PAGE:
Stop running blindly into RFPs thinking that it’s a quantity game. It is a mistake to view all RFPs in the same light. If your sales team has been fortunate and proactive enough to ‘influence’ the RFP, the likelihood of winning is nearly guaranteed. But if your team did not influence the specifications, is your only choice simply “No Bid?”
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Two Kinds of Sellers
- Driver: The seller is in the “driver’s seat” because the sales team has succeeded in influencing the specifications; this is often the incumbent.
- Passenger: The seller is “just along for the ride” when a competitor is the incumbent or has influenced the specifications.
As a management consulting firm working across many industries, we have witnessed a unique characteristic of world-class sales organizations: They not only distinguish between the two types of RFPs, but they also employ a proactive approach for each. If the sales team is in the Driver’s seat they will follow the RFP instructions and provide the required information. However, if the sales team is a Passenger they will respond in a very different way with different objectives. This doesn’t change the short term results, but over the long haul, the results for Passengers are far more positive.
The Purpose of an RFP
At the outset, it is important to understand the true purpose of a Request For Proposals. Buyers would like to think that it is a structured way to gather information, evaluate responses and select a vendor’s solution. However, the RFP is not intended to select a winner; the purpose is to de-select the losers. If the seller has not influenced the specs, the outcome is a foregone conclusion. Devoting the effort to respond to an unwinnable RFP is a waste of resources that could be deployed on other opportunities. But there is an alternative for the Passenger other than simply declining to respond.
A Different Goal
Obviously, the goal of a Driver is to win the award. The goal of a Passenger must be different. It is to gain awareness and to alter the buyer’s attitudes for a future opportunity.
For the Passenger vendor, the chance of winning the RFP award is slim. But this is not all bad news because the RFP response is actually a very valuable selling opportunity, even though it is not a closing opportunity. Unlike an unsolicited proposal which soon is buried beneath a mound of desk detritus, the response to the RFP is guaranteed to receive some dedicated attention from the buyer’s decision team. This is a unique opportunity to provide a response that piques interest and is a forum for defining differences from the competition (who are all conveniently responding with mechanical conformity and compliance.) Here’s how it is done.
Gaining While Losing
The 4 basic steps to respond when you are a Passenger:
1. Ask Questions: Every RFP offers the opportunity to ask questions. The Driver doesn’t ask any questions because the specs are wired for them. The other Passengers recognize the futility and they don’t ask anything either. Seize this opportunity to be different and focus energy on the question-and-answer period to make inquiries that are:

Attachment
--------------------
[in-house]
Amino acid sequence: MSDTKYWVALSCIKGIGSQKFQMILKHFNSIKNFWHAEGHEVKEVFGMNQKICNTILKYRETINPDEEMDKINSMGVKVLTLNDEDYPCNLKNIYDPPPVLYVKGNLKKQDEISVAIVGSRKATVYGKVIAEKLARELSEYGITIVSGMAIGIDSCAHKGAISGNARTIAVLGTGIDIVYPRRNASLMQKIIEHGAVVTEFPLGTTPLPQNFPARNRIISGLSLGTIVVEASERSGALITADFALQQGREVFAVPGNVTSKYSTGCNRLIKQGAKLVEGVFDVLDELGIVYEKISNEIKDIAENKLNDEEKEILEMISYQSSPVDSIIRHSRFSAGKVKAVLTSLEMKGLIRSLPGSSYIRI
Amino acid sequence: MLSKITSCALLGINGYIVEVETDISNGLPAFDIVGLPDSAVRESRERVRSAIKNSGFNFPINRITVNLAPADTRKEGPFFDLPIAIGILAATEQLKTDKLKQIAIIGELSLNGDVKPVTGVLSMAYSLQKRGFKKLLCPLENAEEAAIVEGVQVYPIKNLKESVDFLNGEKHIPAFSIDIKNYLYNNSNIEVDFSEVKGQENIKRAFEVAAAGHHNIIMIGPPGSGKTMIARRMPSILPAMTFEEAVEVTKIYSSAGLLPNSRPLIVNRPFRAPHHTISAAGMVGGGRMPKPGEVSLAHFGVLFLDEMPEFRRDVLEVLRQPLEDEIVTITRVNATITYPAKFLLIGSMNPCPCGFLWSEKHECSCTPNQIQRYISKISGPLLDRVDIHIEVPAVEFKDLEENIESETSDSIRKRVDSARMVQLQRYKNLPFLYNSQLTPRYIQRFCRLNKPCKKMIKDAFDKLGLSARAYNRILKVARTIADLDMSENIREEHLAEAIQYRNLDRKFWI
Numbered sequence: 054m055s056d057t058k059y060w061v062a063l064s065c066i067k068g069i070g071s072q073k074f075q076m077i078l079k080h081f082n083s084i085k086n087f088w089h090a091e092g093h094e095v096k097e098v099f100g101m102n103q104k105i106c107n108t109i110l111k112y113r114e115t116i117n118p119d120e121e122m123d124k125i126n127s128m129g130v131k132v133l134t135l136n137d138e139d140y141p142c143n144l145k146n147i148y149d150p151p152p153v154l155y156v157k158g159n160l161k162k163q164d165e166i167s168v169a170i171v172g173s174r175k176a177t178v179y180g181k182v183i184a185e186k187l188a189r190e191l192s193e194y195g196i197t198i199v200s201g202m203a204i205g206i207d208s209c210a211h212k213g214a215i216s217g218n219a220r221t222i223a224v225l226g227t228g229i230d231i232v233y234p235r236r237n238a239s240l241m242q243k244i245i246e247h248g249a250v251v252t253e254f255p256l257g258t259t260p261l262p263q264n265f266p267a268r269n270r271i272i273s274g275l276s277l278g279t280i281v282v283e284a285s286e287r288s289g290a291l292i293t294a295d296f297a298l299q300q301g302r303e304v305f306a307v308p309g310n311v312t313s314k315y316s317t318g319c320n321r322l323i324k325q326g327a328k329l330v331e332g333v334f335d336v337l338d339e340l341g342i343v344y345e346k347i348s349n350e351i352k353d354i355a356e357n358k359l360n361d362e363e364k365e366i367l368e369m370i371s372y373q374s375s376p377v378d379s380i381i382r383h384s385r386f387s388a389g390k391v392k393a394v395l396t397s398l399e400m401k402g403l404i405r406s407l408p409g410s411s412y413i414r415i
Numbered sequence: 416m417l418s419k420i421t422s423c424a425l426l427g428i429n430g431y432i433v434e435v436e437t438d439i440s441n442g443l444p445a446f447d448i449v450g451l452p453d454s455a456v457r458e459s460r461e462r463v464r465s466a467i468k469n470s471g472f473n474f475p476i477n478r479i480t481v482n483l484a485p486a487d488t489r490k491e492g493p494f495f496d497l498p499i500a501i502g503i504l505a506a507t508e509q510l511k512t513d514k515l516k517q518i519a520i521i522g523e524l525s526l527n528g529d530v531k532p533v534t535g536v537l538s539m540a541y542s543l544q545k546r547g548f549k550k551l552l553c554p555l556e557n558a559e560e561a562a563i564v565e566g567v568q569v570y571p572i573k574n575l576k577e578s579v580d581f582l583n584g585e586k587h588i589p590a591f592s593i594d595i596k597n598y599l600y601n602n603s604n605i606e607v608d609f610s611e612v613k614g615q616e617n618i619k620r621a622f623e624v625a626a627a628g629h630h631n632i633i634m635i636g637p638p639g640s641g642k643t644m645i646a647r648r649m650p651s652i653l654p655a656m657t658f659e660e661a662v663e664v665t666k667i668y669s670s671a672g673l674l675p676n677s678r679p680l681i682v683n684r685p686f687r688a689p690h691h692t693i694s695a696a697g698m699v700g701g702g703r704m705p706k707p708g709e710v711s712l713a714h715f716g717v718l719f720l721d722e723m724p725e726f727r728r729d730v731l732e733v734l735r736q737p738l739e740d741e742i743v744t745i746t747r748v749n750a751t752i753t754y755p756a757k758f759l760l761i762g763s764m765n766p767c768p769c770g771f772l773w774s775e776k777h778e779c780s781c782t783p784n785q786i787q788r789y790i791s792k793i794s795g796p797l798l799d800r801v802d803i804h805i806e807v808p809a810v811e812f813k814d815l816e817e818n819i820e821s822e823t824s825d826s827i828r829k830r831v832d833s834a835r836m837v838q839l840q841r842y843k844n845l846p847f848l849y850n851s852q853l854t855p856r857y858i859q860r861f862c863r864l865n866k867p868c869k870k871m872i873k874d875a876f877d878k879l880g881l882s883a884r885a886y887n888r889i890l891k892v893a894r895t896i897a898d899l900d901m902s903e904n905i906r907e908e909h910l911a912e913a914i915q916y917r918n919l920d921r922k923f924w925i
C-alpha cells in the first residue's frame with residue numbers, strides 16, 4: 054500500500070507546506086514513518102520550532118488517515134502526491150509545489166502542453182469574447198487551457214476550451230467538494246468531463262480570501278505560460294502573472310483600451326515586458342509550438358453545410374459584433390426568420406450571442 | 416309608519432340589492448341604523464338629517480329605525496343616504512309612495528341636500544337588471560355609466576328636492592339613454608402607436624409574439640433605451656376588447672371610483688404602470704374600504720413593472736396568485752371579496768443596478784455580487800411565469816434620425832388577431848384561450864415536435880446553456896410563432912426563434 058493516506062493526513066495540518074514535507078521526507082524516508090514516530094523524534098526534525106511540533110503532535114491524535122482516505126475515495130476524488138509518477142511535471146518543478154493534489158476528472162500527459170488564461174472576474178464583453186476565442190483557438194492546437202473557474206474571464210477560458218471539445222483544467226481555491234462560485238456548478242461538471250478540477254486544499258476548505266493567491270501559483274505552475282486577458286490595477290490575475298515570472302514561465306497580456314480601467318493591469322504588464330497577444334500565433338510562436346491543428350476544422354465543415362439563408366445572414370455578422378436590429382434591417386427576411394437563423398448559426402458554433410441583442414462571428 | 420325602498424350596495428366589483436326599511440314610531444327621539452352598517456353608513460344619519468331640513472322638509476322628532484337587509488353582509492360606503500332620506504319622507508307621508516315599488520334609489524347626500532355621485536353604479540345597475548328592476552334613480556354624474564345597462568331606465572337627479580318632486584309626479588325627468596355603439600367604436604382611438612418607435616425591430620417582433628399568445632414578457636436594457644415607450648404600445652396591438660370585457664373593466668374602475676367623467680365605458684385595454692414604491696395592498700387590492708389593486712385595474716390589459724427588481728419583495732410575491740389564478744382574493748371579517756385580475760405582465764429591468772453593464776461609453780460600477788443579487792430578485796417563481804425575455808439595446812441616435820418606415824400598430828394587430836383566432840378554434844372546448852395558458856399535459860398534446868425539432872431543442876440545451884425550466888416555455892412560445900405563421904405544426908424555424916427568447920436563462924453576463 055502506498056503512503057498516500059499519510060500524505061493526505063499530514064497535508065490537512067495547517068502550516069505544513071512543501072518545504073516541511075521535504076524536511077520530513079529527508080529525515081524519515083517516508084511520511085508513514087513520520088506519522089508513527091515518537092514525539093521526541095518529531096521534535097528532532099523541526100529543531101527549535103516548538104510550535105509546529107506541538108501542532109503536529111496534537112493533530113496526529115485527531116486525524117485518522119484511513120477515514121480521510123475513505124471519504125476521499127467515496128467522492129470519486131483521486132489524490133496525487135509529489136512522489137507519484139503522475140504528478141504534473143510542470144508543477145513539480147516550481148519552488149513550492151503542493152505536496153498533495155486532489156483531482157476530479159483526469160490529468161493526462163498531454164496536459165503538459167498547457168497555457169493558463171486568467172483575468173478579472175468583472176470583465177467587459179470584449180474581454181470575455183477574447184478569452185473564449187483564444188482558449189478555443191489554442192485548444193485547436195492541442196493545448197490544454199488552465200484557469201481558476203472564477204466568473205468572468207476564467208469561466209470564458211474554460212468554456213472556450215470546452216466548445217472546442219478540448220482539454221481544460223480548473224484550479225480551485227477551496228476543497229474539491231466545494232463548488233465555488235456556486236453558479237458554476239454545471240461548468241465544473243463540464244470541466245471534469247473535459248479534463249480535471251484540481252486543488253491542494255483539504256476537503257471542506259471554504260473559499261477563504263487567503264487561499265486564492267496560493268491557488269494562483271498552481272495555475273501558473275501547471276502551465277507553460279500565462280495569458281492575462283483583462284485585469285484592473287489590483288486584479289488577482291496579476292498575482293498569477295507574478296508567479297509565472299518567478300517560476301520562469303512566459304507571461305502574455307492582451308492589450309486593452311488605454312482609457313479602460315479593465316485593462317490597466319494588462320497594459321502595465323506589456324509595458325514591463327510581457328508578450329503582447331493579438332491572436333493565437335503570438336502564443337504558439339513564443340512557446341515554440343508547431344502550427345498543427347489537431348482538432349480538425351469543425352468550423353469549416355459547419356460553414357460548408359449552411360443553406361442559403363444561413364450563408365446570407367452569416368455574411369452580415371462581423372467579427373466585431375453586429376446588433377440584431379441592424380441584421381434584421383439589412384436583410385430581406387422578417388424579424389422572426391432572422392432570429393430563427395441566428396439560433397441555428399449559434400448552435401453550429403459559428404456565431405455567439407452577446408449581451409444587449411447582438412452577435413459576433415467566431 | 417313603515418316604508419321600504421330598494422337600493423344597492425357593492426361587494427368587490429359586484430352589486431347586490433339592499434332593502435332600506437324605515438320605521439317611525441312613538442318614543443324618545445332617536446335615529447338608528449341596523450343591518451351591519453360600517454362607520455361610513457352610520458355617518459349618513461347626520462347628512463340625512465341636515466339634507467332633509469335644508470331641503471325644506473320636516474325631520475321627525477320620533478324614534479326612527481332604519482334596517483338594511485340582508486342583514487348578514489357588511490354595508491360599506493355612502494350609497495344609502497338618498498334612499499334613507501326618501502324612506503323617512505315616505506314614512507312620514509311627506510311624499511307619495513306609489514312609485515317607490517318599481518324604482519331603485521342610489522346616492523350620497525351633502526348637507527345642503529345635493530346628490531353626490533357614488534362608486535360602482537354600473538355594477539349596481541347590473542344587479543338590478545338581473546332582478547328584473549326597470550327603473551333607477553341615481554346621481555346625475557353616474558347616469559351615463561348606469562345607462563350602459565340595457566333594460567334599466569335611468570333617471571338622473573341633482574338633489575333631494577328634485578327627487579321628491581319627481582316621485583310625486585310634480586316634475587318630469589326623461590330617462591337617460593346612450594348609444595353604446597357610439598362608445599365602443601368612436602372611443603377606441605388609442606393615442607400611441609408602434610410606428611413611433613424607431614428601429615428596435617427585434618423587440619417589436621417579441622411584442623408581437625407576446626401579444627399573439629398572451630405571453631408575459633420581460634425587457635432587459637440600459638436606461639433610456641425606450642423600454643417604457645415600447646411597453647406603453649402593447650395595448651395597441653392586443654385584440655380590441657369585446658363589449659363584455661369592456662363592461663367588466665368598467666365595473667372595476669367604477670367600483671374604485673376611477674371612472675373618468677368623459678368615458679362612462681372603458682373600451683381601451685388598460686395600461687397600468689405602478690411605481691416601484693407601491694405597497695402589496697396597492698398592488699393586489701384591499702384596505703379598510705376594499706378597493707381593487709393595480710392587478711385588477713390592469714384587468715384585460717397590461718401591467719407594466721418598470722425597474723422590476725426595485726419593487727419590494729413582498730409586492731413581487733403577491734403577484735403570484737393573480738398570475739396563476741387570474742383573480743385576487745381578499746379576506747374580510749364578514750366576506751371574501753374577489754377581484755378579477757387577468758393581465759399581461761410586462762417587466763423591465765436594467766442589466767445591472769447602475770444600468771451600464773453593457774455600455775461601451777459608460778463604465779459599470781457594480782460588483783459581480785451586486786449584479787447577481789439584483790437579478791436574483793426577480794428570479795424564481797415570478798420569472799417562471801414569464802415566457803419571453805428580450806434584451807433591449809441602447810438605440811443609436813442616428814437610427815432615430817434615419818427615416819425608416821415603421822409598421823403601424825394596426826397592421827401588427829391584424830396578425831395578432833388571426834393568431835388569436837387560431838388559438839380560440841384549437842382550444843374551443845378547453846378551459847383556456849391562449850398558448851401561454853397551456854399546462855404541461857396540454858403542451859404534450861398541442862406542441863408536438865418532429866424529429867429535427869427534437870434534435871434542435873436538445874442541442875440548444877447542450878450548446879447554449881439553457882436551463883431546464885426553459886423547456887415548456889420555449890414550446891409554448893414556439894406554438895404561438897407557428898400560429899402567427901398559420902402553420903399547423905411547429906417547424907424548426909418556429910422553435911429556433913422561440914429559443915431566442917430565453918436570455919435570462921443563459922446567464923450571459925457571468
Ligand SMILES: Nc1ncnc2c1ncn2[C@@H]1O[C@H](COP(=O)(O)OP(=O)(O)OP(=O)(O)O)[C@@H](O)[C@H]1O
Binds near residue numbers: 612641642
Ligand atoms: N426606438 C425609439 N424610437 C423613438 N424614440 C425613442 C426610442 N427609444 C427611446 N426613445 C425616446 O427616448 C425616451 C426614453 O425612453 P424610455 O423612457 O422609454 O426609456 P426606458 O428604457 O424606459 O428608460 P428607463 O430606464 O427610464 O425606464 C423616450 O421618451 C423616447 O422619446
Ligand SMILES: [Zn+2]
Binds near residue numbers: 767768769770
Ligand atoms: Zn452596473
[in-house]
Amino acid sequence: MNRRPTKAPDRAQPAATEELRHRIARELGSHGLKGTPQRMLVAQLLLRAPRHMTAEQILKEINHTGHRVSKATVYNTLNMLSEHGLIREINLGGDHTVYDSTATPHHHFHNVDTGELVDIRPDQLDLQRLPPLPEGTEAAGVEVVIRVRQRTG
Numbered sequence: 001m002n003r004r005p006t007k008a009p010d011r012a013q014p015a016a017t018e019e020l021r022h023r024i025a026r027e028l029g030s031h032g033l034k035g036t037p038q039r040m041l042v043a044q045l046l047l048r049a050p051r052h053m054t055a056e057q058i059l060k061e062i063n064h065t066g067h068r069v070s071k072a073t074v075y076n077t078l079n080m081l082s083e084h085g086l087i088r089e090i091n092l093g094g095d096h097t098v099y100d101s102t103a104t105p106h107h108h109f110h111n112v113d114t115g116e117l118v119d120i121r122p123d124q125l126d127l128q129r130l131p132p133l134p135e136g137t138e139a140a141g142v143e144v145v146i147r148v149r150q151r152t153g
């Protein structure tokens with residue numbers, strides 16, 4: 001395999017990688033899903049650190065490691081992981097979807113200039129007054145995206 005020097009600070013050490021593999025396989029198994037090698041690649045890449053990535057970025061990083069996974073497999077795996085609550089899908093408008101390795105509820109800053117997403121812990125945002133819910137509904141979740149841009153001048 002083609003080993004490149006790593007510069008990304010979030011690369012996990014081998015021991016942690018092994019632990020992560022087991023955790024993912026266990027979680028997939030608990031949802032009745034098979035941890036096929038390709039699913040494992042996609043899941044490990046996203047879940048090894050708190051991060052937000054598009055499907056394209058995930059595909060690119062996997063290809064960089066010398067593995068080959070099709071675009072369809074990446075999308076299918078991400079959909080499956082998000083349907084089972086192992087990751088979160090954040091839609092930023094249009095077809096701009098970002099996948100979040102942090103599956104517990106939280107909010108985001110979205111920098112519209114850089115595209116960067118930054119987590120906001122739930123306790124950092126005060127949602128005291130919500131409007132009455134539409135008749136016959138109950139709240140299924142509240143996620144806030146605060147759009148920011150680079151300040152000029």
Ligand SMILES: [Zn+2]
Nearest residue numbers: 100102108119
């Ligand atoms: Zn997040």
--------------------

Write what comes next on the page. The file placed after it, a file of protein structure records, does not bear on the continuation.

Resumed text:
- Gap Exposing
2. Just Say Yes: The answer to every requirement is “Yes.” Remember that the RFP process is intended to de-select, not to issue an award. Final negotiations and the specific implementation details happen later. The Passenger vendors all lose here and never advance to the finals. Be creative in crafting positive responses.
3. Price in Ranges: RFPs usually require detailed pricing. This is often framed from the perspective of the Driver vendor so is time-consuming and another basis for de-selection for the Passenger vendors.
- Unless specified, avoid line item pricing
- Provide multiple priced options, especially when not requested by the RFP
- Brand these options so they are tied to business value
- Provide multiple configuration “alternatives” — each with its own pricing and storyline
Since the pricing will not conform to the RFP specifications it will be noticed. Take the opportunity to present an offer that captures the buyer’s imagination.
4. Summarize for the Executive: For the typical voluminous RFP, the decision committee does not have time to read every page. So each RFP submission is often reviewed in detail by one ‘screener’ who grades the submission for compliance (and, of course, de-selection.) The Executive Summary page is the exception. Everyone on the decision team will read this page as a token effort to equitably consider every offer. Spend time on this one page – make it clear why your offer and your organization are different.
Take Action on Your Next RFP:
I encourage you to try this strategy – you really have nothing to lose. At a minimum you will save some valuable selling time. And you will improve your chances in the future. The steps outlined above are described in more detail in our RFP Strategy Response Guide.
A sales process will only deliver world-class results if the sales force devotes time and energy to winnable opportunities. Losing quickly is important. Enable your sales team to also lose effectively while setting the stage for future wins with a sales process that includes an effective RFP Response Strategy.
Read this recent article to access a checklist to evaluate whether you should enter an RFP.
Would you like to spend some time with me reviewing the latest best practices for developing a RFP Process? Come see me and the SBI leadership team in Dallas at The Studio, SBI’s multimillion dollar, one-of-a-kind, state-of-the-art, executive briefing center. A visit to The Studio increases the probability of making your number because the sessions are built on the proven strength and stability of SBI, the industry leader in B2B sales and marketing.
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